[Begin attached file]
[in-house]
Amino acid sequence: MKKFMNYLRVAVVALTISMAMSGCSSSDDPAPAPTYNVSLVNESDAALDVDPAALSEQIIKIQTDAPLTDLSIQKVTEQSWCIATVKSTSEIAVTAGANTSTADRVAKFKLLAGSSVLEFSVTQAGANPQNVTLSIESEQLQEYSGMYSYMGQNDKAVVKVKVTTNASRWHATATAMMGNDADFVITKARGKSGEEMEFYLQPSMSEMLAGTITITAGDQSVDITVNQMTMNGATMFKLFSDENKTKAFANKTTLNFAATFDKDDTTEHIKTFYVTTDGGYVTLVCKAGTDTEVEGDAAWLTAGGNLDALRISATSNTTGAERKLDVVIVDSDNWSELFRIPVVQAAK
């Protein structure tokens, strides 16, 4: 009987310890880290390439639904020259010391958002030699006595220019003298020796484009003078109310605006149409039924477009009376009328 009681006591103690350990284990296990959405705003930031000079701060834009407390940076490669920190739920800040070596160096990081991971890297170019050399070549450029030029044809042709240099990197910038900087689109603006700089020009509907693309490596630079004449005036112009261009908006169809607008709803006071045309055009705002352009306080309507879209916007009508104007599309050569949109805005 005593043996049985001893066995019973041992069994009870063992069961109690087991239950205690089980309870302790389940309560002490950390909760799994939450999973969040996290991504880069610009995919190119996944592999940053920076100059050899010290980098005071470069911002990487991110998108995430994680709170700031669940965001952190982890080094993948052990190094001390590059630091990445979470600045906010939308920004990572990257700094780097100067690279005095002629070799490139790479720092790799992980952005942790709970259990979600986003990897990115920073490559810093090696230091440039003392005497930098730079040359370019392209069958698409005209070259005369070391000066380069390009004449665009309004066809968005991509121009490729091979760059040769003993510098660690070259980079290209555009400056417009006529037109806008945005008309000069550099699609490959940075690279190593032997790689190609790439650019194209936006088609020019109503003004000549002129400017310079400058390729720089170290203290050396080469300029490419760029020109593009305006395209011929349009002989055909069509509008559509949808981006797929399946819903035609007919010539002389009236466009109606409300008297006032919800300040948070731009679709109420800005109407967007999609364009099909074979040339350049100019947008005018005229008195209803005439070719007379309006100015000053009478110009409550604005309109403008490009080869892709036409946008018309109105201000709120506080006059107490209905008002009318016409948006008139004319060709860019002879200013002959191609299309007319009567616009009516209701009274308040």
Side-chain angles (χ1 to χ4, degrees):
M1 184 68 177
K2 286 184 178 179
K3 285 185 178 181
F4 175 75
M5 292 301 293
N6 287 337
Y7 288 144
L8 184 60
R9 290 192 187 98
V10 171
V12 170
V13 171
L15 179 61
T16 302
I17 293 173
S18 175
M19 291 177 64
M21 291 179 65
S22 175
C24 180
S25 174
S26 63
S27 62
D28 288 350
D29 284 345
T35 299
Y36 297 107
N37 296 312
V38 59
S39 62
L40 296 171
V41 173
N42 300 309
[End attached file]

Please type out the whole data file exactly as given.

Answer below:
[in-house]
Amino acid sequence: MKKFMNYLRVAVVALTISMAMSGCSSSDDPAPAPTYNVSLVNESDAALDVDPAALSEQIIKIQTDAPLTDLSIQKVTEQSWCIATVKSTSEIAVTAGANTSTADRVAKFKLLAGSSVLEFSVTQAGANPQNVTLSIESEQLQEYSGMYSYMGQNDKAVVKVKVTTNASRWHATATAMMGNDADFVITKARGKSGEEMEFYLQPSMSEMLAGTITITAGDQSVDITVNQMTMNGATMFKLFSDENKTKAFANKTTLNFAATFDKDDTTEHIKTFYVTTDGGYVTLVCKAGTDTEVEGDAAWLTAGGNLDALRISATSNTTGAERKLDVVIVDSDNWSELFRIPVVQAAK
């Protein structure tokens, strides 16, 4: 009987310890880290390439639904020259010391958002030699006595220019003298020796484009003078109310605006149409039924477009009376009328 009681006591103690350990284990296990959405705003930031000079701060834009407390940076490669920190739920800040070596160096990081991971890297170019050399070549450029030029044809042709240099990197910038900087689109603006700089020009509907693309490596630079004449005036112009261009908006169809607008709803006071045309055009705002352009306080309507879209916007009508104007599309050569949109805005 005593043996049985001893066995019973041992069994009870063992069961109690087991239950205690089980309870302790389940309560002490950390909760799994939450999973969040996290991504880069610009995919190119996944592999940053920076100059050899010290980098005071470069911002990487991110998108995430994680709170700031669940965001952190982890080094993948052990190094001390590059630091990445979470600045906010939308920004990572990257700094780097100067690279005095002629070799490139790479720092790799992980952005942790709970259990979600986003990897990115920073490559810093090696230091440039003392005497930098730079040359370019392209069958698409005209070259005369070391000066380069390009004449665009309004066809968005991509121009490729091979760059040769003993510098660690070259980079290209555009400056417009006529037109806008945005008309000069550099699609490959940075690279190593032997790689190609790439650019194209936006088609020019109503003004000549002129400017310079400058390729720089170290203290050396080469300029490419760029020109593009305006395209011929349009002989055909069509509008559509949808981006797929399946819903035609007919010539002389009236466009109606409300008297006032919800300040948070731009679709109420800005109407967007999609364009099909074979040339350049100019947008005018005229008195209803005439070719007379309006100015000053009478110009409550604005309109403008490009080869892709036409946008018309109105201000709120506080006059107490209905008002009318016409948006008139004319060709860019002879200013002959191609299309007319009567616009009516209701009274308040």
Side-chain angles (χ1 to χ4, degrees):
M1 184 68 177
K2 286 184 178 179
K3 285 185 178 181
F4 175 75
M5 292 301 293
N6 287 337
Y7 288 144
L8 184 60
R9 290 192 187 98
V10 171
V12 170
V13 171
L15 179 61
T16 302
I17 293 173
S18 175
M19 291 177 64
M21 291 179 65
S22 175
C24 180
S25 174
S26 63
S27 62
D28 288 350
D29 284 345
T35 299
Y36 297 107
N37 296 312
V38 59
S39 62
L40 296 171
V41 173
N42 300 309